Referring to a report on poverty that was published by Caritas earlier this year, she said that the cost of living had increased at an alarming rate and that people were no longer able to live a decent life with their level of income.

Mifsud Bonnici said that while she agrees that pensions should not be taxed, she accused the government of not doing enough saying that only 2,500 pensioners will be benefiting from the proposed increase of 2.25 a week.

She also questioned why supplementary allowance would only be given to married pensioners and not to those pensioners living alone. In addition to this, she said that the government had created a great disparity between widows who worked outside of the home throughout their life and those who had chosen to stay home and raise a family. She said it was not right that there was currently a situation where those who worked at home are paid 4/6th of their husband’s pension.

Mifsud Bonnici said that she agreed that the government should do its utmost to stop people abusing the benefits system however she added that she could not understand how the government could cut people off simply because there was suspicion of abuse.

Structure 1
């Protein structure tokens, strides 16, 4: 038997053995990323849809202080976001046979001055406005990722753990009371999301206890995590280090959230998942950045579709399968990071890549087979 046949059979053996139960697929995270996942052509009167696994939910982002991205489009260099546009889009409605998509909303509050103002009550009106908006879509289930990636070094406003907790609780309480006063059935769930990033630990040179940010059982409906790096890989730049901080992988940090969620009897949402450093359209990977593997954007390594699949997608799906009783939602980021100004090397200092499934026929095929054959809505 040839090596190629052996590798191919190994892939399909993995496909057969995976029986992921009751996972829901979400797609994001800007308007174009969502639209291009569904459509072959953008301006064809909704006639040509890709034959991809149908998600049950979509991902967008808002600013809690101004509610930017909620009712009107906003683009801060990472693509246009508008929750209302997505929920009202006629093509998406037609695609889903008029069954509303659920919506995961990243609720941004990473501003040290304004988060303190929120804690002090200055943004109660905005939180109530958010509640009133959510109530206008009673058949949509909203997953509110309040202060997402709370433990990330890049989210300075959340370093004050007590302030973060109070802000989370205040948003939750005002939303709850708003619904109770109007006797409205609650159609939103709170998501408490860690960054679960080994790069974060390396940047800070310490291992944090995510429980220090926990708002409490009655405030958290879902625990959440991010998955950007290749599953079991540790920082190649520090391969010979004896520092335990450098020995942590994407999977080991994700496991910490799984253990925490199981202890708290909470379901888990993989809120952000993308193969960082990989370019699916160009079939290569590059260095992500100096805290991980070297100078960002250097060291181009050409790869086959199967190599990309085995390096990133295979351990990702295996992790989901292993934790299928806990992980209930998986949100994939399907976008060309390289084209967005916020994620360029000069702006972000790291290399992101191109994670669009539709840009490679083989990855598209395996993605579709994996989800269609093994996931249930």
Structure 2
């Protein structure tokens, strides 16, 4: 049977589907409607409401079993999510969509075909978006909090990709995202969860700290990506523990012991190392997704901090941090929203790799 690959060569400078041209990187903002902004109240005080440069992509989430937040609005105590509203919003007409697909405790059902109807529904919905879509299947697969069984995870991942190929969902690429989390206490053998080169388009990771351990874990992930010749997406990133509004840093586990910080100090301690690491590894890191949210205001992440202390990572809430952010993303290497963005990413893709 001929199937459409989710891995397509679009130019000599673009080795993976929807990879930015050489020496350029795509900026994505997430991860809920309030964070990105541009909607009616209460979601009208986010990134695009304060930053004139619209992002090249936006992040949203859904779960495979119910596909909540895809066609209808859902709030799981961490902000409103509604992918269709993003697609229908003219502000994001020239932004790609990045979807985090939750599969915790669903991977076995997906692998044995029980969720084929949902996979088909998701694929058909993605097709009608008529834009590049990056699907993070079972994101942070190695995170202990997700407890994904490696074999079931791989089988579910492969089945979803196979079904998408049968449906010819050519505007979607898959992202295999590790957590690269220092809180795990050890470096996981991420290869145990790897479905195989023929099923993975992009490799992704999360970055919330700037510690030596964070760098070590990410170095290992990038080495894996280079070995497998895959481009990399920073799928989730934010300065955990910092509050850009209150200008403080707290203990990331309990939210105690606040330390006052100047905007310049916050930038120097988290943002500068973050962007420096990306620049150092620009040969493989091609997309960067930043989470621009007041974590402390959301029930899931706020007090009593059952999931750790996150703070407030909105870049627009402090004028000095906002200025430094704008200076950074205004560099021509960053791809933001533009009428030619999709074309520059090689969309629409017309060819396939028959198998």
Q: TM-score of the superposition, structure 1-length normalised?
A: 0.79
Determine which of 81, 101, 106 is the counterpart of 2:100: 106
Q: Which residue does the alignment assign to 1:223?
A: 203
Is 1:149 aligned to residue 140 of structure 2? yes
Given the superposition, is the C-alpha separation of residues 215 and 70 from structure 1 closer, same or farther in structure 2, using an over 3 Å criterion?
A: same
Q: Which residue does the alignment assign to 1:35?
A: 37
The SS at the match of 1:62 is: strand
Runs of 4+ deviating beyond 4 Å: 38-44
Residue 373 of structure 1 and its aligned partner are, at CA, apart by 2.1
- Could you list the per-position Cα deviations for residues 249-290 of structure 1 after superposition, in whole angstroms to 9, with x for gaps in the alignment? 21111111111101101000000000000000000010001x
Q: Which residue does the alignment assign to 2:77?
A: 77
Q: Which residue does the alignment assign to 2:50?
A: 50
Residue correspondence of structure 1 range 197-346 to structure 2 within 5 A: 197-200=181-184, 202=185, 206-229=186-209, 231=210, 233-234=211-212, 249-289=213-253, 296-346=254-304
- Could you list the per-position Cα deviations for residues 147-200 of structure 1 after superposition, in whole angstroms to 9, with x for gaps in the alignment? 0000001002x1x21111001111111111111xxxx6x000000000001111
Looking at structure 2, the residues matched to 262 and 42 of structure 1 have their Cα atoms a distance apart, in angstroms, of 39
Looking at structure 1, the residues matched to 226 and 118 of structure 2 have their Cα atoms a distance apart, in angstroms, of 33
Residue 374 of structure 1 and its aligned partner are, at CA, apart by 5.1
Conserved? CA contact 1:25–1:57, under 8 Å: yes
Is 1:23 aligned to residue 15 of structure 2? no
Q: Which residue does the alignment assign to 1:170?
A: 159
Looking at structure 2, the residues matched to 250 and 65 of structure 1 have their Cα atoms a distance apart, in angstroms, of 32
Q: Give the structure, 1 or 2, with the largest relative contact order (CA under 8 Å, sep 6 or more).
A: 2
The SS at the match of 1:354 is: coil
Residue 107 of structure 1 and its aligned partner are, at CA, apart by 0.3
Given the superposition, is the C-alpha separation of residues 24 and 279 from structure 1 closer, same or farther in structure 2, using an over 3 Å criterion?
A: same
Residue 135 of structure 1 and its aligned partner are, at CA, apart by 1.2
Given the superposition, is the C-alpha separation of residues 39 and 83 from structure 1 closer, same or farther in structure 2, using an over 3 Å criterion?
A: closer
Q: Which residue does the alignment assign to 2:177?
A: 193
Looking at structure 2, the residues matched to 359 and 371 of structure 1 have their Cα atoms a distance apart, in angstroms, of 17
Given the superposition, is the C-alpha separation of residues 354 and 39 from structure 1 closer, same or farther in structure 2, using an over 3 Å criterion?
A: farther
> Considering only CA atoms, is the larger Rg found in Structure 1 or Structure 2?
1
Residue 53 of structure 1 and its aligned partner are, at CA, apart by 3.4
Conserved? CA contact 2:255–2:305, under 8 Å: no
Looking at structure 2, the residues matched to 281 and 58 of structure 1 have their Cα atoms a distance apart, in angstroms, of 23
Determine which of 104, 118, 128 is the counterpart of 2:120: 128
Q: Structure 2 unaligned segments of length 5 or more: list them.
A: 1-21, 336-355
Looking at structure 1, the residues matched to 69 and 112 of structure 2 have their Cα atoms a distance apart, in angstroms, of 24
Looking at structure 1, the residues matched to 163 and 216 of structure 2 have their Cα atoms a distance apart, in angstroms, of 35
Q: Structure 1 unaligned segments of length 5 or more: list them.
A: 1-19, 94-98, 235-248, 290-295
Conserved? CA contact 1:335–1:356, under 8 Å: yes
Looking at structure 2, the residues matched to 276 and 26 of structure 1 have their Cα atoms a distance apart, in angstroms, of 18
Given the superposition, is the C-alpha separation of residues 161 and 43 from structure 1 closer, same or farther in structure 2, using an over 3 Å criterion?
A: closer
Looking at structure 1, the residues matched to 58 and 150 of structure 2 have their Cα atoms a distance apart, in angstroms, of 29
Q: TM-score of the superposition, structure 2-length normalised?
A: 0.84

Moreover, she said that she was concerned by the fact that there were currently 3,300 people waiting for social housing and that the government was doing nothing about this.

Nationalist MP Robert Cutajar accused the government of relying too heavily on propaganda, claiming that government ministers were caught up in competition with each other over media time.

He also lamented the current working conditions of those working at St Vincent de Paul residence for the elderly. He appealed to the residence’s CEO to engage with workers their because only by doing could the situation improve. In addition to this, he said that the infrastructure at the residence was crumbling and was not good enough to cater for the needs of the elderly.